Advertiser Disclosure

Avoiding Probate: Joint Tenancy with Right of Survivorship

Aug. 1, 2012
Avoiding Probate: Joint Tenancy with Right of Survivorship
Many or all of the products featured here are from our partners who compensate us. This may influence which products we write about and where and how the product appears on a page. However, this does not influence our evaluations. Our opinions are our own.

Do you need to be legally considered family for a JTROS to work? If I live in a state that doesn’t recognize same-sex marriage (e.g. South Carolina) are there specific considerations in deciding whether or not to title a property using JTROS?

Unlike heterosexual married couples, same-sex couples living in states that do not recognize their union cannot enjoy the benefits of tenancy by the entirety, the legal concept that allows co-ownership of property by husband and wife.  In South Carolina, however, forming a joint tenancy with right of survivorship (“JTROS”) can ensure the surviving spouse retains the home upon the other’s death without interference by the court or government.

Under normal circumstances, a homeowner’s ownership interest in real estate constitutes a probate asset and upon his or her death will become subject to probate proceedings in court.  The probate court will gather all of the deceased’s assets and all possible inheritors, including the deceased’s creditors to whom he or she owes unpaid debt.  After reducing the estate of the deceased by financial claims and other obligations such as estate taxes, the court will distribute the remainder of the estate to the rightful inheritors.  The process will often involve the interpretation of the will left by the deceased as well as evaluation of other evidence indicating a right to inheritance.

While the probate process is not necessarily cumbersome, it can potentially become a great source of stress, risk, time, and money, especially for same-sex couples.  Even if the will of the deceased stipulates that all of his or her property transfer to his surviving same-sex partner, such properties may be subject to claims from the creditors of the deceased, if he or she has unpaid debts, or from disputes from family members of the deceased regarding interpretation of the will and the right to inheritance.  Other than these risks, probate can also cost considerable amount in lawyer fees and consume months or even years for a resolution.  A deceased’s estate worth more than one million dollars will also have an estate tax attached.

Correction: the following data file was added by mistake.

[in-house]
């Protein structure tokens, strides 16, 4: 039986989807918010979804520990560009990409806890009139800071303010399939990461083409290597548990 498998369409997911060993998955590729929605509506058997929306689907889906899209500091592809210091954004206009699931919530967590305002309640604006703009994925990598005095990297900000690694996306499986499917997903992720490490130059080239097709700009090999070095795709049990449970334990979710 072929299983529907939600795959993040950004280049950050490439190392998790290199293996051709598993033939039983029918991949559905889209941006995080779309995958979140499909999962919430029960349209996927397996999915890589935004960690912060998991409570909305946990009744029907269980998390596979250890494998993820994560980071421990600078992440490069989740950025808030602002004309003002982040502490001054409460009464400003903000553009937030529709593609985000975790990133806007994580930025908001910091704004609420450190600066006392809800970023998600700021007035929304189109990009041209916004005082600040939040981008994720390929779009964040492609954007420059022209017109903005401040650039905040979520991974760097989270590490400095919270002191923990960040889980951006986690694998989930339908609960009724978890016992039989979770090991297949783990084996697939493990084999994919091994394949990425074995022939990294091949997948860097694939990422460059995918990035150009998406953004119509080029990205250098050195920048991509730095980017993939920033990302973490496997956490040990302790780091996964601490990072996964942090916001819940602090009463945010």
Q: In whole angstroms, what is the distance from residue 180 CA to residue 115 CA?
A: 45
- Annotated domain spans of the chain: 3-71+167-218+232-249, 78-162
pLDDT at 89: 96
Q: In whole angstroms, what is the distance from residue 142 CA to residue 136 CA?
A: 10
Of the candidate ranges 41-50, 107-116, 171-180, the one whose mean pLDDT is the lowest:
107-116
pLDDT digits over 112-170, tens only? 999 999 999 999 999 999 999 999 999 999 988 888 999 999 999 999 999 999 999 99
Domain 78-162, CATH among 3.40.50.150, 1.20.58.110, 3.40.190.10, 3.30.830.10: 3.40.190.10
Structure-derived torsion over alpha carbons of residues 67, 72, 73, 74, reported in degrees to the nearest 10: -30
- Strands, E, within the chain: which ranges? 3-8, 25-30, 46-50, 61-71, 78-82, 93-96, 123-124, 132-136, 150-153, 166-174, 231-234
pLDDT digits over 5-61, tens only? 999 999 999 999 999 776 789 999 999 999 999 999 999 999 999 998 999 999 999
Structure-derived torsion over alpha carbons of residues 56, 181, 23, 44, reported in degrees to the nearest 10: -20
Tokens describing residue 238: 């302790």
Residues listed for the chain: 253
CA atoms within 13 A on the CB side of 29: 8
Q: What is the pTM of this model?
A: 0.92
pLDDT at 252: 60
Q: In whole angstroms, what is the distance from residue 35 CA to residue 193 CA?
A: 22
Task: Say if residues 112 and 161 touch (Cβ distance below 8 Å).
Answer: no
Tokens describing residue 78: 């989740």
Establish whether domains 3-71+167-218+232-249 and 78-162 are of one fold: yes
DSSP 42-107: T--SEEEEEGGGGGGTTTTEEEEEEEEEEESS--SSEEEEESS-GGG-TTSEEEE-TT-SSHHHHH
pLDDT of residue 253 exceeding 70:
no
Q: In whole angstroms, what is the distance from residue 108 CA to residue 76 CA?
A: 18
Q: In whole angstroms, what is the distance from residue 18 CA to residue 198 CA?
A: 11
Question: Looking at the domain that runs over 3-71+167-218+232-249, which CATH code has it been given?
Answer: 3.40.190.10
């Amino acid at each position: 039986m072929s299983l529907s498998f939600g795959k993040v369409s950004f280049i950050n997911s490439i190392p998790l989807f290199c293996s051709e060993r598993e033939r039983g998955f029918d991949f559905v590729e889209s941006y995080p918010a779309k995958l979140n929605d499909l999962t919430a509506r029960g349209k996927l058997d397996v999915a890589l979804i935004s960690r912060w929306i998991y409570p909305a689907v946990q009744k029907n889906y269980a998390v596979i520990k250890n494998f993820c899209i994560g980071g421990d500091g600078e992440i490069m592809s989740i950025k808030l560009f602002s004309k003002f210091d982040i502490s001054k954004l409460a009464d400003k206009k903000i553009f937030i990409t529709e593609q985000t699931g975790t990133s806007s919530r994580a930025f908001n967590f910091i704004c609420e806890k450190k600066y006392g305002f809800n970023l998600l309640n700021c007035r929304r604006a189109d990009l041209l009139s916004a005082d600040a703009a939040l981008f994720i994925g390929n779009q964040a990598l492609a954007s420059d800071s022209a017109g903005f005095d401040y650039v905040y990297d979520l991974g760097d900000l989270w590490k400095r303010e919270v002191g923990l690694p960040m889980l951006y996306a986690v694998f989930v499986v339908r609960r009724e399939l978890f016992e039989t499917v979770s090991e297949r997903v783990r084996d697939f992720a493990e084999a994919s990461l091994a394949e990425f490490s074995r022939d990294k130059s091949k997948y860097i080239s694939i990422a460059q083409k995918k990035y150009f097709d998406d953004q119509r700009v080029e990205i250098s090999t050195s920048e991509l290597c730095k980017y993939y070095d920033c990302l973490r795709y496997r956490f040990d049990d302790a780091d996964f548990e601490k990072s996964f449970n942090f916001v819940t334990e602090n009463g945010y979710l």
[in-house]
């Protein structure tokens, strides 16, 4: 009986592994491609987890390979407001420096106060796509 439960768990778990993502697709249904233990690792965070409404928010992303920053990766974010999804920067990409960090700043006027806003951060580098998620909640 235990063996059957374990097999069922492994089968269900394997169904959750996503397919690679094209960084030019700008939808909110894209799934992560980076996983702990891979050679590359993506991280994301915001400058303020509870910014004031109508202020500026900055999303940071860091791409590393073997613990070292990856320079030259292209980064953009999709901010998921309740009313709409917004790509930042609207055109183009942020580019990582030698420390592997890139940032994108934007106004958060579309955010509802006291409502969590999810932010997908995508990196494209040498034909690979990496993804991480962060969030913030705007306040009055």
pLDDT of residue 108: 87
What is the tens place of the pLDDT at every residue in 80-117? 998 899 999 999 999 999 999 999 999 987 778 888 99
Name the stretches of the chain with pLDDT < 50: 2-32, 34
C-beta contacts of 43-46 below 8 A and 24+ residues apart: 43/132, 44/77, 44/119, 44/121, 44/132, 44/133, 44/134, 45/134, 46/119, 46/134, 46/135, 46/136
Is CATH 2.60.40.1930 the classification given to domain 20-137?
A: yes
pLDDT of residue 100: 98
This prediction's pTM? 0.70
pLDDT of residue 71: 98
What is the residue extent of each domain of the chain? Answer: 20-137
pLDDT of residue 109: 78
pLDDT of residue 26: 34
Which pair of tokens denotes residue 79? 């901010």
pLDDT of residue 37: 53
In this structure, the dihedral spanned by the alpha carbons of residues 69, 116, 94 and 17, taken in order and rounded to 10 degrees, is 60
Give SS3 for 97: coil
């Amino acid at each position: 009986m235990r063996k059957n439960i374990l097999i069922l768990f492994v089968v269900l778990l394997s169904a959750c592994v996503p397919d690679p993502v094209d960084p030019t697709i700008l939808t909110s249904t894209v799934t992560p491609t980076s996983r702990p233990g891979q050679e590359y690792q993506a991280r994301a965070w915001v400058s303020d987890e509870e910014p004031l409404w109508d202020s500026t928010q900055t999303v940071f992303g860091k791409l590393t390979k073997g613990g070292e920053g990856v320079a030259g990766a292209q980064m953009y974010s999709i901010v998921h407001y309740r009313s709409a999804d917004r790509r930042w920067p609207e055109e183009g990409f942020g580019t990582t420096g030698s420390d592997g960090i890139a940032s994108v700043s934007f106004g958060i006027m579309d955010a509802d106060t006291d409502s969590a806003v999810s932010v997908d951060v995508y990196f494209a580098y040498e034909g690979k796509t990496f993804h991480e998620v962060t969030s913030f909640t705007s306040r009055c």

JTROS allows the titled real estate to pass to the surviving joint tenant without the hassle of going through probate proceedings.  Unlike tenancy by the entirety that offers the same advantage of probate avoidance, JTROS does not require that the tenants be legally married.  Where other devices for probate avoidance such as living trust or new real estate deed cost significant amount of money to construct and involve many bothersome complexities, a JTROS does not cost much money and is easy to form, provided that strict guidelines are followed.

Until 1971, South Carolina statutorily limited the right of joint tenants to obtain a right of survivorship.  In 1971 repealed that limitation.  Section 62-2-804 of the South Carolina Probate Code provides that a joint tenancy, upon the death of one of the tenants, will convert and sever into a tenancy in common unless the instrument creating the joint tenancy clearly provides for a right of survivorship.  Although South Carolina amended its constitution in 2006 to ban same-sex marriage and civil unions, the amendment does not prevent private contracts between same-sex partners.  However, due to South Carolina’s belief that the right of survivorship unnecessarily encumbers real estate properties, the presumption in South Carolina’s courts favors interpretation towards tenancy in common in case of any uncertainty.  Therefore, in order to constitute a proper JTROS, the title to the home must contain clear language indicating a right of survivorship by the remaining same-sex partner.  A lawyer well-versed in property law should be able to draft the proper document, as JTROS remains the most simple and convenient form of homeownership protection against probate at least in South Carolina.

Rather than risking unnecessary battles in probate court or expending large fees to undergo deed transformation or trust formation, same-sex couples should discuss with each other and their lawyers about the possibility of creating a JTROS.

NOTE: This site provides information about the law designated to help users safely cope with their own legal needs. But legal information is not the same as legal advice — the application of law to an individual’s specific circumstances. Although we go to great length to make sure our information is accurate and useful, we recommend you consult a lawyer if you want professional assurance that our information, and your interpretation of it, is appropriate to your particular situation.